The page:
This book chapter weaves together a fictionalized dialogue between my two mothers respecting the impacts colonial policies had on Indigenous communities in Canada.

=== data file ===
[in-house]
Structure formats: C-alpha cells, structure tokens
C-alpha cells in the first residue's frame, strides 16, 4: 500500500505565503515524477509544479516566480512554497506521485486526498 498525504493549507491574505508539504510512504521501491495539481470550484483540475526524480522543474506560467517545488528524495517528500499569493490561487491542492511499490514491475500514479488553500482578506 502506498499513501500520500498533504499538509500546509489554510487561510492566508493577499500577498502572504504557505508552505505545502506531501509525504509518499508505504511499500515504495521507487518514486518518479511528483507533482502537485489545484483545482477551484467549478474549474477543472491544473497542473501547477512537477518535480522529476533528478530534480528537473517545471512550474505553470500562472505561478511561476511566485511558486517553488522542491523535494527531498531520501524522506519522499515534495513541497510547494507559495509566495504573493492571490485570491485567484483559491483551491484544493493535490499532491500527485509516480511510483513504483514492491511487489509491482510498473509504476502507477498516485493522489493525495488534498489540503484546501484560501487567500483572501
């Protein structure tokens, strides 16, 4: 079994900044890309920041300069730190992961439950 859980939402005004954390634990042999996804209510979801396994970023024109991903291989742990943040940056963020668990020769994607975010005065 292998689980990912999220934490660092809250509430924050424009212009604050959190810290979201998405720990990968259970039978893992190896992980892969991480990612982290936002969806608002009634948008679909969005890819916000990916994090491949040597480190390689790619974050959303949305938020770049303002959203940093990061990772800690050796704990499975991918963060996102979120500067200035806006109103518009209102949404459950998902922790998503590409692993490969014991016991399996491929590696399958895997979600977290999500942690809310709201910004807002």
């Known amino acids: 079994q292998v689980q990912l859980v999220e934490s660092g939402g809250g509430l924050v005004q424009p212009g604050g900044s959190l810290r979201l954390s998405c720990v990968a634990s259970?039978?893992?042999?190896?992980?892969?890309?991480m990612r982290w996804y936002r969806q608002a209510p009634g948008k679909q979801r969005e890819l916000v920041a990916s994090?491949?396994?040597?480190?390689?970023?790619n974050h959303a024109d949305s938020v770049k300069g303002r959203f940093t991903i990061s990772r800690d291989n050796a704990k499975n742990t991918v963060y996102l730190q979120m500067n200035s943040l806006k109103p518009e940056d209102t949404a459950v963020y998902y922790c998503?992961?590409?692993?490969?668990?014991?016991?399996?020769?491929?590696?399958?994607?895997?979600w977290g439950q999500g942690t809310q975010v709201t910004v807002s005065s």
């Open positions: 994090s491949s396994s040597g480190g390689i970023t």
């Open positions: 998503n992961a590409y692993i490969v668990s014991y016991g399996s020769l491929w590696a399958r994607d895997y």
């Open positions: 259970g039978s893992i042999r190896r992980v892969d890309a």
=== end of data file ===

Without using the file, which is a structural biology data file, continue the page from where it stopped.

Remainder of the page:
The 1876 Indian Act has long imposed its power over Indigenous peoples in Canada; social welfare policies—the “sixties-scoop” era—were entrenched in BC and had far reaching impacts on Indigenous families. The “millennium scoop” has been coined to reflect more recent policies affecting Indigenous families. These policies had a firm grasp on me, my birth siblings, and my birth mother. I was four days old when I was ushered into the lives of my foster family in Prince George, BC. What was originally meant to be a temporary stop in my young life turned into a permanent state of affairs. Perhaps the Gods were looking out for the little Indian baby that day, for life at my new residence was good, and I thrived in a loving home. As a mature woman and mother who has a deep interest in family structure and bonds, I believe it is time to reflect a little deeper on what it means to be an adopted “Indian baby” in Canada and to comment upon my two mothers, one mother who raised me, and one mother—I never met—who gave me life.

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